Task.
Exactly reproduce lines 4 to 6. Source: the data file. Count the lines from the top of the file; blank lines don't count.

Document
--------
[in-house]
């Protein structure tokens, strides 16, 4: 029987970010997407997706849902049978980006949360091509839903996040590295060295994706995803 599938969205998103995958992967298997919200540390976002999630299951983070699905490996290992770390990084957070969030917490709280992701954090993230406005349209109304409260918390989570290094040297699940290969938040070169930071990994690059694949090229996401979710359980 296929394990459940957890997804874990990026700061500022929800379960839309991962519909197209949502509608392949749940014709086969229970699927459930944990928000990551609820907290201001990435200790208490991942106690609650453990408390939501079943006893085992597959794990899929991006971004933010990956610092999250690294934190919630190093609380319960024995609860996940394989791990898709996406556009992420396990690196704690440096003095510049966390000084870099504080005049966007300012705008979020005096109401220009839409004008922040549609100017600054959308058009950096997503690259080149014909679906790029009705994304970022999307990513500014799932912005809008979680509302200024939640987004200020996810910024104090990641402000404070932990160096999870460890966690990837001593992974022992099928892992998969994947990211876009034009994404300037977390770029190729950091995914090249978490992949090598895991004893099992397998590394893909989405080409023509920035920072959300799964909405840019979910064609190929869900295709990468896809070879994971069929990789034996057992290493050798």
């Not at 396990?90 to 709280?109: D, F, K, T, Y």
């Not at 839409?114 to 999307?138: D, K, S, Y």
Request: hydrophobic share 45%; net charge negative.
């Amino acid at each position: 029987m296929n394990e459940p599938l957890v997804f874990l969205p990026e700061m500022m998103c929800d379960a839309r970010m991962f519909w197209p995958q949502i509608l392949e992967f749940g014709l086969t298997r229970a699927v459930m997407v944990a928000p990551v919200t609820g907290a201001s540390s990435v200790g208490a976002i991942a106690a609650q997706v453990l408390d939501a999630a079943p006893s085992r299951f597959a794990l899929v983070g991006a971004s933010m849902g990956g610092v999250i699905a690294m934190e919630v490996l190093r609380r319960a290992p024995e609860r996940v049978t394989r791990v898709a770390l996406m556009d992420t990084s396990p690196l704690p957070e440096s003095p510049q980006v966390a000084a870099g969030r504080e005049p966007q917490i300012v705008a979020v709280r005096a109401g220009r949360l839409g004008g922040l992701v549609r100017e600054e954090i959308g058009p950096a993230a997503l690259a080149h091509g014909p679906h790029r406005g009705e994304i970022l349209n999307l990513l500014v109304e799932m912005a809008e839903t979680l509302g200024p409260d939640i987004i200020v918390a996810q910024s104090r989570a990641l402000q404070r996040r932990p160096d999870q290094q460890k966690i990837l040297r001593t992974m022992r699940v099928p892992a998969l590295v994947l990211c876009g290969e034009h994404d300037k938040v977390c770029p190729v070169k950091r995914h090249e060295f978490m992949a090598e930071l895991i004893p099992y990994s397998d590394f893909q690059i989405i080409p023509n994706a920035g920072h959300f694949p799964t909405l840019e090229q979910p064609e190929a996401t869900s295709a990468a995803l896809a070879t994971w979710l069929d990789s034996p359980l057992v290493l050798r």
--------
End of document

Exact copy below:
């Not at 839409?114 to 999307?138: D, K, S, Y």
Request: hydrophobic share 45%; net charge negative.
């Amino acid at each position: 029987m296929n394990e459940p599938l957890v997804f874990l969205p990026e700061m500022m998103c929800d379960a839309r970010m991962f519909w197209p995958q949502i509608l392949e992967f749940g014709l086969t298997r229970a699927v459930m997407v944990a928000p990551v919200t609820g907290a201001s540390s990435v200790g208490a976002i991942a106690a609650q997706v453990l408390d939501a999630a079943p006893s085992r299951f597959a794990l899929v983070g991006a971004s933010m849902g990956g610092v999250i699905a690294m934190e919630v490996l190093r609380r319960a290992p024995e609860r996940v049978t394989r791990v898709a770390l996406m556009d992420t990084s396990p690196l704690p957070e440096s003095p510049q980006v966390a000084a870099g969030r504080e005049p966007q917490i300012v705008a979020v709280r005096a109401g220009r949360l839409g004008g922040l992701v549609r100017e600054e954090i959308g058009p950096a993230a997503l690259a080149h091509g014909p679906h790029r406005g009705e994304i970022l349209n999307l990513l500014v109304e799932m912005a809008e839903t979680l509302g200024p409260d939640i987004i200020v918390a996810q910024s104090r989570a990641l402000q404070r996040r932990p160096d999870q290094q460890k966690i990837l040297r001593t992974m022992r699940v099928p892992a998969l590295v994947l990211c876009g290969e034009h994404d300037k938040v977390c770029p190729v070169k950091r995914h090249e060295f978490m992949a090598e930071l895991i004893p099992y990994s397998d590394f893909q690059i989405i080409p023509n994706a920035g920072h959300f694949p799964t909405l840019e090229q979910p064609e190929a996401t869900s295709a990468a995803l896809a070879t994971w979710l069929d990789s034996p359980l057992v290493l050798r």